Dietary Treatment from Birth to Pregnancy in a Woman with Methylmalonic Aciduria.

Agnieszka KowalikJolanta Sykut-Cegielska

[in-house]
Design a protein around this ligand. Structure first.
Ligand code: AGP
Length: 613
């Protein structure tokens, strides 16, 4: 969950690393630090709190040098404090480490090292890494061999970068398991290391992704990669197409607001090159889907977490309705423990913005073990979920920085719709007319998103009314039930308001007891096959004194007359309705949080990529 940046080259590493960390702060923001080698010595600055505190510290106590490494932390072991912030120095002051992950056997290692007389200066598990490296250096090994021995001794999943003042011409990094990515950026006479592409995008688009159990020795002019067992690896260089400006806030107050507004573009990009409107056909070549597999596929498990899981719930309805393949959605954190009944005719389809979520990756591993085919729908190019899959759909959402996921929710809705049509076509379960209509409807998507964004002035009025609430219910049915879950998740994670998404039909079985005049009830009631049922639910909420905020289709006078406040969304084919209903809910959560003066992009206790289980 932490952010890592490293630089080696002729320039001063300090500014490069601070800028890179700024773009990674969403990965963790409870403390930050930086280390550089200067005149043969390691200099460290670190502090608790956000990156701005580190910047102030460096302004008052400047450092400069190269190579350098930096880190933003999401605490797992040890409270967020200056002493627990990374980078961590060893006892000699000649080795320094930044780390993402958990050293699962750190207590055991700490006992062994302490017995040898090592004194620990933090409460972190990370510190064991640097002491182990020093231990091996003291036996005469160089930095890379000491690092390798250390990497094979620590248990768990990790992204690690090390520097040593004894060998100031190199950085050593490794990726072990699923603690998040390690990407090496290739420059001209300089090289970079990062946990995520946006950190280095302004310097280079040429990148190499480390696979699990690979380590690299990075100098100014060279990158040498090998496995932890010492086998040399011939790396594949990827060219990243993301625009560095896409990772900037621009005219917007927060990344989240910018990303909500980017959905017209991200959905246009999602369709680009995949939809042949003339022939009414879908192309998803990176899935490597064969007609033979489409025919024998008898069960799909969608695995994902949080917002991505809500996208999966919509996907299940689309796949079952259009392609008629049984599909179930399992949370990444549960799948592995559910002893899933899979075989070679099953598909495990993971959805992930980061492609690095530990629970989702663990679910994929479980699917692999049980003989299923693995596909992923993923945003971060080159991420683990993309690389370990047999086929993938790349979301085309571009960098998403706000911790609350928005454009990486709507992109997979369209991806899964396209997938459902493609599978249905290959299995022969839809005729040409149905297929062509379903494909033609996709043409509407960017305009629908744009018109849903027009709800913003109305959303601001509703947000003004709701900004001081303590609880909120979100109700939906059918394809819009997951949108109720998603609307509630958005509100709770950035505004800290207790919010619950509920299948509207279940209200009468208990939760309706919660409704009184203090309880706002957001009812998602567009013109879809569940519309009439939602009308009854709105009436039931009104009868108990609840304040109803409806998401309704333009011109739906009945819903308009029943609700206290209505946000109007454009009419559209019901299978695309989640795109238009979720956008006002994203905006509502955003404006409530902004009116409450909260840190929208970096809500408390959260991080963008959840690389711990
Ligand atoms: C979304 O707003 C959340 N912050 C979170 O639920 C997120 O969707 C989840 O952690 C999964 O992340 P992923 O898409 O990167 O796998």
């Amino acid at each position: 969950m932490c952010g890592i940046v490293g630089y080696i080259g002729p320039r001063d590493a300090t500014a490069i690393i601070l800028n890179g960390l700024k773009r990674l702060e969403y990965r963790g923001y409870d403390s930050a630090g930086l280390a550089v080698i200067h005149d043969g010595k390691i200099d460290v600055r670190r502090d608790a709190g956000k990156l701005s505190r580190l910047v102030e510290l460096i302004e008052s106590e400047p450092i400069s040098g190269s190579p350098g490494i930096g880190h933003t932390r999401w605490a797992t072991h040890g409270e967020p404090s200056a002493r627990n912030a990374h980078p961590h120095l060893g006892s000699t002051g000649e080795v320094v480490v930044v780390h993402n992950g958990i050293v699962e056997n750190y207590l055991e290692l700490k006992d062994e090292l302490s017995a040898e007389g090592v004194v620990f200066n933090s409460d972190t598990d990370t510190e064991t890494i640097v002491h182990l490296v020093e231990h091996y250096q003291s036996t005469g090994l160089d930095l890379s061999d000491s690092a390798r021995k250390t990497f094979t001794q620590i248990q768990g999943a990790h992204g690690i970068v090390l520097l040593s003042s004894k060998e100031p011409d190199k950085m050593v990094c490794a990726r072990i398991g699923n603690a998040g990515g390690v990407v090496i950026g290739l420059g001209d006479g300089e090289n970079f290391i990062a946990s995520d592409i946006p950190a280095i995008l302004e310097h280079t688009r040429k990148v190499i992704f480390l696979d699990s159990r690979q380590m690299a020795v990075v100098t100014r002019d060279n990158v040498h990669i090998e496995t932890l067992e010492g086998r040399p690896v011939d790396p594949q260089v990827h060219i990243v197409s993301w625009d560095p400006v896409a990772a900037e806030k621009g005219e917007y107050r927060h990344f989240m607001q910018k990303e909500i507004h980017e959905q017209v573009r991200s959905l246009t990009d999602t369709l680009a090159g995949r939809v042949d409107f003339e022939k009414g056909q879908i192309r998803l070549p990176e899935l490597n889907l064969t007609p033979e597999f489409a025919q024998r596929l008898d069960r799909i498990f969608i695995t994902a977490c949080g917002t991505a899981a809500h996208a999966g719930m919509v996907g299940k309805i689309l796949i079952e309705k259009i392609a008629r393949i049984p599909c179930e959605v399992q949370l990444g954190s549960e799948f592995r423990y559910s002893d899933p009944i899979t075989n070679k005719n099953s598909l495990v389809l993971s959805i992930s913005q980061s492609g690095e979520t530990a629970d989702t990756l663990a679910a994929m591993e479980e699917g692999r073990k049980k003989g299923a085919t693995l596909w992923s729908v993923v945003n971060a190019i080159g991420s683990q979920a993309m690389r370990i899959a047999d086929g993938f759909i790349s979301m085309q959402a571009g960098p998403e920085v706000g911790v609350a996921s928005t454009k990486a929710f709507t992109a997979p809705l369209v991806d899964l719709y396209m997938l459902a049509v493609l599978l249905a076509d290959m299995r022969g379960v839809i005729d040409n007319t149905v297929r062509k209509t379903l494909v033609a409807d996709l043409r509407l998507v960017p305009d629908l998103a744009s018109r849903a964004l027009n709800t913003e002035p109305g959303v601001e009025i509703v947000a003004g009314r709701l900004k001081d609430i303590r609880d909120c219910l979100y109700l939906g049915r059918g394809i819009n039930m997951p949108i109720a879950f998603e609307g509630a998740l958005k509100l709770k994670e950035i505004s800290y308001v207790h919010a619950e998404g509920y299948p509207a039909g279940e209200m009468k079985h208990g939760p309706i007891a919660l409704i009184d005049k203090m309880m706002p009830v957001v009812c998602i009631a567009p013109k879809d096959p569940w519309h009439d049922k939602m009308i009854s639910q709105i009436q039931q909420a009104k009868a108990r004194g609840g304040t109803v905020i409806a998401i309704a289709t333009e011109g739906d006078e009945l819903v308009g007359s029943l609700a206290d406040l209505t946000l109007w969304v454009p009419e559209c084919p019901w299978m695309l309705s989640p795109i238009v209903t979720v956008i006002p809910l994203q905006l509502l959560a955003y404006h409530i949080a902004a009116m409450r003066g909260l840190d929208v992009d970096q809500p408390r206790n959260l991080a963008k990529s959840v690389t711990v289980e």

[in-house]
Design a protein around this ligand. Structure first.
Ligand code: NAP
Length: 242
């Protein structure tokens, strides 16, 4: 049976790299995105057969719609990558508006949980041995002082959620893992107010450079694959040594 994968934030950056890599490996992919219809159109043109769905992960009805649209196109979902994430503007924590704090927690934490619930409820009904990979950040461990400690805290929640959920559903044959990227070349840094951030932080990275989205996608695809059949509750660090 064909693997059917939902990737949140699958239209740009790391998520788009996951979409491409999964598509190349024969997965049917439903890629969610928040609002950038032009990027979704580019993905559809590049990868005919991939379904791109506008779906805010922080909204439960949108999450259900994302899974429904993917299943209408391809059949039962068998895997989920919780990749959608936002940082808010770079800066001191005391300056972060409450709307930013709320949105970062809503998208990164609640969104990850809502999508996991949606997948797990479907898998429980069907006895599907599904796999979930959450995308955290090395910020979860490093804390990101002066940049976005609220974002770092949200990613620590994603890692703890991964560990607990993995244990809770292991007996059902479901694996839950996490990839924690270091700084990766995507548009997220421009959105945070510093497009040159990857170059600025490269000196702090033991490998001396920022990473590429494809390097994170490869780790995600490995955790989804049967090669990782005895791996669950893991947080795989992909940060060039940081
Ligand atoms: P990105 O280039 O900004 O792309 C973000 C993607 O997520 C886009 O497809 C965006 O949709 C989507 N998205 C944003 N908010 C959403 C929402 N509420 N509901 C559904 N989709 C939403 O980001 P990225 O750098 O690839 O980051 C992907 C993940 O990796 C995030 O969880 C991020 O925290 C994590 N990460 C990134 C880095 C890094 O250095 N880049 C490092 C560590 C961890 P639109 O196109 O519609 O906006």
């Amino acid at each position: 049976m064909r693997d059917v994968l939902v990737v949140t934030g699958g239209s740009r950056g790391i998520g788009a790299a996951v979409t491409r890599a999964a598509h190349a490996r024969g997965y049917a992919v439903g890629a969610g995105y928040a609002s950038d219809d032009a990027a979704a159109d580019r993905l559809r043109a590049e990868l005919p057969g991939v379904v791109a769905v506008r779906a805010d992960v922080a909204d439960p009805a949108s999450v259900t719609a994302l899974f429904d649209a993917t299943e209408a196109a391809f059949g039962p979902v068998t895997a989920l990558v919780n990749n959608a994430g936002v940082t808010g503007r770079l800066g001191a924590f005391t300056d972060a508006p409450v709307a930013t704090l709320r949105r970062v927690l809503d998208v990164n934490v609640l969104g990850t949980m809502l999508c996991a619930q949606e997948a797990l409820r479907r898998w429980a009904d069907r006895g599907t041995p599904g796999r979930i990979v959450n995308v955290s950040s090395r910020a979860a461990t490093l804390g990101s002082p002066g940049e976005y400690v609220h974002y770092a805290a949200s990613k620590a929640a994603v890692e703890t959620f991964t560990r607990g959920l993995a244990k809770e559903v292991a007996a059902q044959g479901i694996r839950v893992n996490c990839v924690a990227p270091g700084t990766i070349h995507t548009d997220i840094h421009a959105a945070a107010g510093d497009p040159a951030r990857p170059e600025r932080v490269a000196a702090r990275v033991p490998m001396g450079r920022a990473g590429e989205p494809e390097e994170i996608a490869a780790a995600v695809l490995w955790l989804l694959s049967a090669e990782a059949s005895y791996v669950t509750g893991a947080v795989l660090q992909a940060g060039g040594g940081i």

Methylmalonic aciduria is treated with a natural protein-restricted diet with adequate energy intake to sustain metabolic balance. Natural protein is a source of methylmalonic acid precursors, and intake is individually modified according to the severity and clinical course of the disease. The experience and approach to MMA treatment in European centers is variable with different amounts of natural protein and precursor-free l-amino acids being prescribed, although the outcome appears independent of the use of precursor-free l-amino acids. Further long-term outcome data is necessary for early treated patients with MMA. This case study, a woman with MMA followed from birth to the age of 35 years, including pregnancy, illustrates the long-term course of the disease and lifetime changes in dietary treatment. A low natural protein diet (1.5 g-1.0 g/kg/day) was the foundation of treatment, but temporary supplementation with precursor-free l-amino acids, vitamin-mineral mixture, and energy supplements were necessary at different timepoints (in childhood, adolescence, adulthood and pregnancy). Childhood psychomotor development was slightly delayed but within the normal range in adulthood. There were few episodes of metabolic decompens...Continue Reading


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